23 Mar 2015
While it is valuable to study what business practitioners and organisations actually do, as well as how successful what they do is for attaining business goals, characteristically using positivist or interpretive empirical research approaches and methods, such research is not the only possible topic for business research. Significantly, the methods, approaches, tools, techniques, practices, procedures, and technologies which are used to do what businesses and practitioners do, need to come from somewhere, otherwise there is little or no progress. The formation, development, and expansion of such new technologies and practices are itself a valid topic of research. It is not reasonable to rely on business practitioners to conceive new technologies and practices (Venable, 2011).
Empirical management accounting research more and more mix qualitative and quantitative methods and join theories normally associated with well-established and arguably incommensurable paradigms. However, the methodological debate in the management accounting literature has been characterized by substantial polarization and a wide-ranging lack of communication between paradigms, particularly the functionalist and interpretive paradigms. Mixed methods research spanning these paradigms may provide a more complete understanding of management accounting practice and comprises a potentially influential means of validating research findings. However, this kind of research has also received significant criticism in the wider social sciences for failing to present a logical philosophical foundation for producing valid knowledge claims. This is particularly the case where the notion of triangulation is invoked as a means of validation (Modell, 2007).
There is a considerable tension between the qualitative and quantitative methodologies, and the researchers who deploy them. It has been suggested that the qualitative methodologies are best used when an area is little known, and so hypotheses cannot be generated for testing by those who support the hypothetico-deductive method. But this viewpoint negates the place of qualitative research as a methodology in its own right. Strong qualitative methodologists suggest that in quantitative research, the positivist view of facts leaves no place for participants as agents, and that many constructs do not exist except in the social world, and so cannot be investigated outside social interaction. Pragmatists suggest that quantitative methods, on the other hand, should be best deployed when more is known, so that hypotheses and research questions can be formulated, and easily tested. Researchers intending to use any methodology need to have very clear ideas about the questions they need to address, and the most appropriate ways of investigating them (Garwood, 2006).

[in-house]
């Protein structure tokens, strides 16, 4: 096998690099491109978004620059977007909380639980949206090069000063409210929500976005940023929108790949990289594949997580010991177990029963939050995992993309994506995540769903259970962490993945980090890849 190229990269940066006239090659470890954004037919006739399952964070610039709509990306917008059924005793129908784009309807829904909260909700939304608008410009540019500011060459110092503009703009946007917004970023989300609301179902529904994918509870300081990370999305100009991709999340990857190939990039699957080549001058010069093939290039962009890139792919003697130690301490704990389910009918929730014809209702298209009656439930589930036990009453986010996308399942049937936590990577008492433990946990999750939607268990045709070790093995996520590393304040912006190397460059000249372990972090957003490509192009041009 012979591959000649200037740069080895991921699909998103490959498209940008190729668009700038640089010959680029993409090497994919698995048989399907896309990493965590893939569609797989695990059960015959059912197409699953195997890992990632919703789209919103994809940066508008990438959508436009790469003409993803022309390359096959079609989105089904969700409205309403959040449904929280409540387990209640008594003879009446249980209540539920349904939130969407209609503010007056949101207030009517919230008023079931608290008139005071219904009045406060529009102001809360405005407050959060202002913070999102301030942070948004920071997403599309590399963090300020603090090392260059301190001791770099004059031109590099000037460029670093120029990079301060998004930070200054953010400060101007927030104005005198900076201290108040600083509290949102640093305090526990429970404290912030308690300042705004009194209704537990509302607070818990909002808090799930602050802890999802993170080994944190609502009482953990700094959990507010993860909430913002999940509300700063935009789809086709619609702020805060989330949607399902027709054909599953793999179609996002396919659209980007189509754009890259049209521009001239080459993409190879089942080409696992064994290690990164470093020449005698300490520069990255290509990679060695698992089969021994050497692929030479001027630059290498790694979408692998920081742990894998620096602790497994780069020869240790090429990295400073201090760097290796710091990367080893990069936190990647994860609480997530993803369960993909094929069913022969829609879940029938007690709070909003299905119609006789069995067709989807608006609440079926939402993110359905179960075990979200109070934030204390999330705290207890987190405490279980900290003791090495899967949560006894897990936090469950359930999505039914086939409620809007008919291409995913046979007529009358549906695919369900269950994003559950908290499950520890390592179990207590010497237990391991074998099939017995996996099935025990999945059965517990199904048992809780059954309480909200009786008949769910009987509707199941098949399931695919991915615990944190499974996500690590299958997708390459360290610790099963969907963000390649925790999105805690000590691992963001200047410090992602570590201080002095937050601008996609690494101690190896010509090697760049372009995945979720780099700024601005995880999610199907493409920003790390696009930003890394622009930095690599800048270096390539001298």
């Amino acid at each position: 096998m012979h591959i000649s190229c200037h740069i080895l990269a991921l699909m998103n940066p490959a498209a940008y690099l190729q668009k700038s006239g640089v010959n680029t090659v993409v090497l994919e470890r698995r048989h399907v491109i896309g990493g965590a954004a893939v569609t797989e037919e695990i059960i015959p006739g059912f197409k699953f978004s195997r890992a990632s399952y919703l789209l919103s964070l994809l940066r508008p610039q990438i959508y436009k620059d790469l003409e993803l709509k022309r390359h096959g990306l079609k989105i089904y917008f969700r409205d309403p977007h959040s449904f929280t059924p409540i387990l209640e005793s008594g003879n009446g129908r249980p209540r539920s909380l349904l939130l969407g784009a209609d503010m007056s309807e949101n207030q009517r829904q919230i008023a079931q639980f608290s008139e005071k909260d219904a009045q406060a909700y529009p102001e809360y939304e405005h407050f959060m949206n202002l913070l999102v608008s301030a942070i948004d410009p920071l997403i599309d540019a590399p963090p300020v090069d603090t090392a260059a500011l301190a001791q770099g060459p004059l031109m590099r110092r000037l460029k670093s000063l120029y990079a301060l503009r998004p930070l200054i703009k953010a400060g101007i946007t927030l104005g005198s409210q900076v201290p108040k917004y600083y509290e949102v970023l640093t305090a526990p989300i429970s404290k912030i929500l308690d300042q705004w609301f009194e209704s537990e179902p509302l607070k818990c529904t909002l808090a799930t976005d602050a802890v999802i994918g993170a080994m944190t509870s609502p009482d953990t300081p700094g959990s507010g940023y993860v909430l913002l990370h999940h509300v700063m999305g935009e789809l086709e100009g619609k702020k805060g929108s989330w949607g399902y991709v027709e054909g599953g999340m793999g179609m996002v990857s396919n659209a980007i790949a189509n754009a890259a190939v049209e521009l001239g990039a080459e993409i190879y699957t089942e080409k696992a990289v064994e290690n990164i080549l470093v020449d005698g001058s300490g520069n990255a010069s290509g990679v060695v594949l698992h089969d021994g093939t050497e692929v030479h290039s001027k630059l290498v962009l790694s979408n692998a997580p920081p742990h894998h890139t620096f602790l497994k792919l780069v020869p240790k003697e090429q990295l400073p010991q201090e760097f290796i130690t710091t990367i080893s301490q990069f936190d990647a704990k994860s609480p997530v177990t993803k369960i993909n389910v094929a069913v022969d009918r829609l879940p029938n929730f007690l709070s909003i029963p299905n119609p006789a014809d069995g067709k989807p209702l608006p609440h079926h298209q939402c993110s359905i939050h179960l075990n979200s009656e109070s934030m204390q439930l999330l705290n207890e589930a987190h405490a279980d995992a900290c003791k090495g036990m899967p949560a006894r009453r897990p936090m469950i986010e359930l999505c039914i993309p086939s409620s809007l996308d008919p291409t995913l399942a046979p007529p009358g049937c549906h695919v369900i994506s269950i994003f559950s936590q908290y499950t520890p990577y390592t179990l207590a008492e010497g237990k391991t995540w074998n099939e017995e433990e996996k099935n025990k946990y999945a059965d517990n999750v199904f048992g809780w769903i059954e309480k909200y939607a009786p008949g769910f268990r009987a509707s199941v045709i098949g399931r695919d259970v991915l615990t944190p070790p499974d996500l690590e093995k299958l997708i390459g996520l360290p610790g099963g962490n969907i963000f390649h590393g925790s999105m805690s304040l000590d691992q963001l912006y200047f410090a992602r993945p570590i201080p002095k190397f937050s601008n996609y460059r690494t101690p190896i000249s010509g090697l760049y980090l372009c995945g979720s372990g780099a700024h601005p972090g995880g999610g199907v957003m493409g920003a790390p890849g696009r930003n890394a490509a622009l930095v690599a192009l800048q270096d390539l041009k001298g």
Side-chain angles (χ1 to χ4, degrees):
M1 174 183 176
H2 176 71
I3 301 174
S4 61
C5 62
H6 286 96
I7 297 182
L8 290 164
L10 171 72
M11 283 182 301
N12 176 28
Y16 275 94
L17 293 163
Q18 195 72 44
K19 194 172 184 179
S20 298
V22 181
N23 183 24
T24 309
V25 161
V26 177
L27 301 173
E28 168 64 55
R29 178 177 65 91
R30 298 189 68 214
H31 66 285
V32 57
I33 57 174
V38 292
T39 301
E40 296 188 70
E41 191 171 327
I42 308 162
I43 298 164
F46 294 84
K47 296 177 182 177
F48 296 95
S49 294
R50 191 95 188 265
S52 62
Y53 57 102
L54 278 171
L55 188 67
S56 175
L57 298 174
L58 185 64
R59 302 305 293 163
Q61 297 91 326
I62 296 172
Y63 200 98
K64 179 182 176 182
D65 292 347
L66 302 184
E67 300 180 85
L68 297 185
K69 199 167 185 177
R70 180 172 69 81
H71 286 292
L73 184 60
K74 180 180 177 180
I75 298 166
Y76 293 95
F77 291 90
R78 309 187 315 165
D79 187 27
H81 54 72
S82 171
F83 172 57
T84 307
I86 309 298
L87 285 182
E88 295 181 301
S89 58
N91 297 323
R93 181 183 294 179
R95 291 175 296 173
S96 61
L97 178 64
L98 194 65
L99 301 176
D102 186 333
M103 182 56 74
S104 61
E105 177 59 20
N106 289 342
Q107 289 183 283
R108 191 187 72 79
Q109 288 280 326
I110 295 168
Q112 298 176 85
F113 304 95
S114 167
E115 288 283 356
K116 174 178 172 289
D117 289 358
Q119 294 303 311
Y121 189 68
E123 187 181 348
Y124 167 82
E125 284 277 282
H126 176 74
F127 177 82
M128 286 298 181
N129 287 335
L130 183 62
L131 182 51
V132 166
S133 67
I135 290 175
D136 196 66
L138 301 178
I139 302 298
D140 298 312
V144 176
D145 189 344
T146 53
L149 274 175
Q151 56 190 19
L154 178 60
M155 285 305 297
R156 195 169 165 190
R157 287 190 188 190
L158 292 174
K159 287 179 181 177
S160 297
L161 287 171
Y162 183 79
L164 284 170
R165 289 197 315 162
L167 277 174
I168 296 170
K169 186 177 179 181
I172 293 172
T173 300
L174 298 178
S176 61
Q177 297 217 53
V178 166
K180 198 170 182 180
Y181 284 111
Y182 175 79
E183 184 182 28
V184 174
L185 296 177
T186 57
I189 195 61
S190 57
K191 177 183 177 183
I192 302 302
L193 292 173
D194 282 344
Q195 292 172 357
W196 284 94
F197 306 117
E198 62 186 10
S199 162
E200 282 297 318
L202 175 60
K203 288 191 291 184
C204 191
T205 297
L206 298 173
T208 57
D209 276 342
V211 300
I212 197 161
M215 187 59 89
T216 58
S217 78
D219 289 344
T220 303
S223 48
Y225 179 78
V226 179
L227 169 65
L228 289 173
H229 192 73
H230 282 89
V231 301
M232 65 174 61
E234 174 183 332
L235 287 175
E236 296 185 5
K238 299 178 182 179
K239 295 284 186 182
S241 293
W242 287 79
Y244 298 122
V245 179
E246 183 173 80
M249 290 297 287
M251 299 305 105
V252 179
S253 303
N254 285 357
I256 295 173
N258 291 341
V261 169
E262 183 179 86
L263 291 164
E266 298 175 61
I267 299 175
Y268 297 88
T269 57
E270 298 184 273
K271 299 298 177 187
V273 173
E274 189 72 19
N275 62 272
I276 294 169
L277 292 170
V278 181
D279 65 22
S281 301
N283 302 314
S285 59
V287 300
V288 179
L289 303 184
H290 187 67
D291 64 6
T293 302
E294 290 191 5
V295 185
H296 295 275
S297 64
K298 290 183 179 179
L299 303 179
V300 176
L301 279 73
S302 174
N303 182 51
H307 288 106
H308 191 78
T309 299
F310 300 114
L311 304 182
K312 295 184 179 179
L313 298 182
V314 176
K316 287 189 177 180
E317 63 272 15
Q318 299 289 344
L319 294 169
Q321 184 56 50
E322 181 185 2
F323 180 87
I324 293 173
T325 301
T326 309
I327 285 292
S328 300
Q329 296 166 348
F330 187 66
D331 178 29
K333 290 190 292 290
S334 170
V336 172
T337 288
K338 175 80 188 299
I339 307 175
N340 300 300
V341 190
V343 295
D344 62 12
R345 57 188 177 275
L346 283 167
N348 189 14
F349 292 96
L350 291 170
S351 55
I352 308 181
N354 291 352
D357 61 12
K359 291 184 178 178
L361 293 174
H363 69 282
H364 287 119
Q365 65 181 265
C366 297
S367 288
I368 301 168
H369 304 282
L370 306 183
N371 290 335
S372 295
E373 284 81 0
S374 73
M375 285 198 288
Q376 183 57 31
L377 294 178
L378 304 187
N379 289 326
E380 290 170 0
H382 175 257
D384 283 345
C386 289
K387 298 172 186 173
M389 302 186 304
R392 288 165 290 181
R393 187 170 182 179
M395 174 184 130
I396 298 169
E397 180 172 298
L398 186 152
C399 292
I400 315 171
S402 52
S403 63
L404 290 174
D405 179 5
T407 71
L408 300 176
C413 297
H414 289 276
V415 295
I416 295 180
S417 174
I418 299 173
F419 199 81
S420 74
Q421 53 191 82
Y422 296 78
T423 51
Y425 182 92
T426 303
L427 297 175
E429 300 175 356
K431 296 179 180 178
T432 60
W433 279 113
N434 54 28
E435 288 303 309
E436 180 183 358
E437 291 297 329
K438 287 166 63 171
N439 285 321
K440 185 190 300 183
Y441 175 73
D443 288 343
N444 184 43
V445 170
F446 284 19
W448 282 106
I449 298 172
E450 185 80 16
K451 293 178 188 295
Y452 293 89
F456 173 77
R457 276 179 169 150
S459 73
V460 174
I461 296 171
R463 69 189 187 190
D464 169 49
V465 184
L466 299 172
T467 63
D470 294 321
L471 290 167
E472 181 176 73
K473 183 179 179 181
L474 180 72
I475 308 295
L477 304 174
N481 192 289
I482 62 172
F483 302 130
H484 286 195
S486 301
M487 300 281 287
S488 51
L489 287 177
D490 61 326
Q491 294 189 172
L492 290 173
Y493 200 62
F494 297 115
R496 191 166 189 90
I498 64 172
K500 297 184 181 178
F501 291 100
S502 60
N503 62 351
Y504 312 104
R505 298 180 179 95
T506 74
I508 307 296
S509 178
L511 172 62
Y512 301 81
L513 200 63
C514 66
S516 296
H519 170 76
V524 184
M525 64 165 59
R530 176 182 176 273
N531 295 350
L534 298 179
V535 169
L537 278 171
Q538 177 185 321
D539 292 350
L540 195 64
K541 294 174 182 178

Quantitative research design is an outstanding way of confirming outcomes and verifying or invalidating a hypothesis. The configuration has not altered for centuries, and is typical across a lot of scientific fields and disciplines. Following statistical analysis of the outcomes, a complete answer is arrived at, and the results can be rightfully talked about and published. Quantitative experiments also sift out outside issues, if correctly designed, and so the consequences achieved can be seen as genuine and impartial. Quantitative experiments are practical for testing the outcomes achieved by a sequence of qualitative experiments, leading to a final conclusion, and a paring down of probable directions for follow up research to take (Shuttleworth, 2008).
The greatest benefit of quantitative research is the fact that the data obtained using these methods can be subject to substantial statistical analysis, can oversimplify beyond the sample under investigation, allowing the testing of hypotheses, and the assessment of the efficacy of interventions in a variety of area of interest, including social policy. Additionally, experimentation would have no meaning without quantitative research methods (Garwood, 2006).
Quantitative experiments can be complex and costly and require a lot of time to carry out. They must be cautiously planned to make sure that there is absolute randomization and correct description of control groups. Quantitative studies typically necessitate wide-ranging statistical analysis, which can be tricky, due to the fact that a lot of scientists are not statisticians. The field of statistical study is an entire scientific discipline and can be hard for non-mathematicians
Additionally, the necessities for the triumphant statistical verification of outcomes are very strict, with very few experiments expansively proving a hypothesis; there is generally some vagueness, which necessitates retesting and enhancement to the design. This entails another venture of time and resources must be devoted to fine-tune the outcomes. Quantitative research design also tends to produce only confirmed or unconfirmed results, with there being very little opportunity for grey areas and ambiguity (Shuttleworth, 2008).
Qualitative researchers tend to disapprove of these methods on the basis that most sources of data are not quite what they appear to be. They do not pay attention to social meanings and the ways in which the world is socially assembled. Also, from the perspective of critical researchers, the data are attained using methods where the person or group under study are given no status, being subject to uneven power relations (Garwood, 2006).
Mixed Research, or what is referred to as mixed methods research, involves "mix[ing] or
combin[ing] quantitative and qualitative research techniques, methods, approaches, concepts
or language into a single study" (Johnson & Onwuegbuzie, 2004, p. 17). As noted by Collins,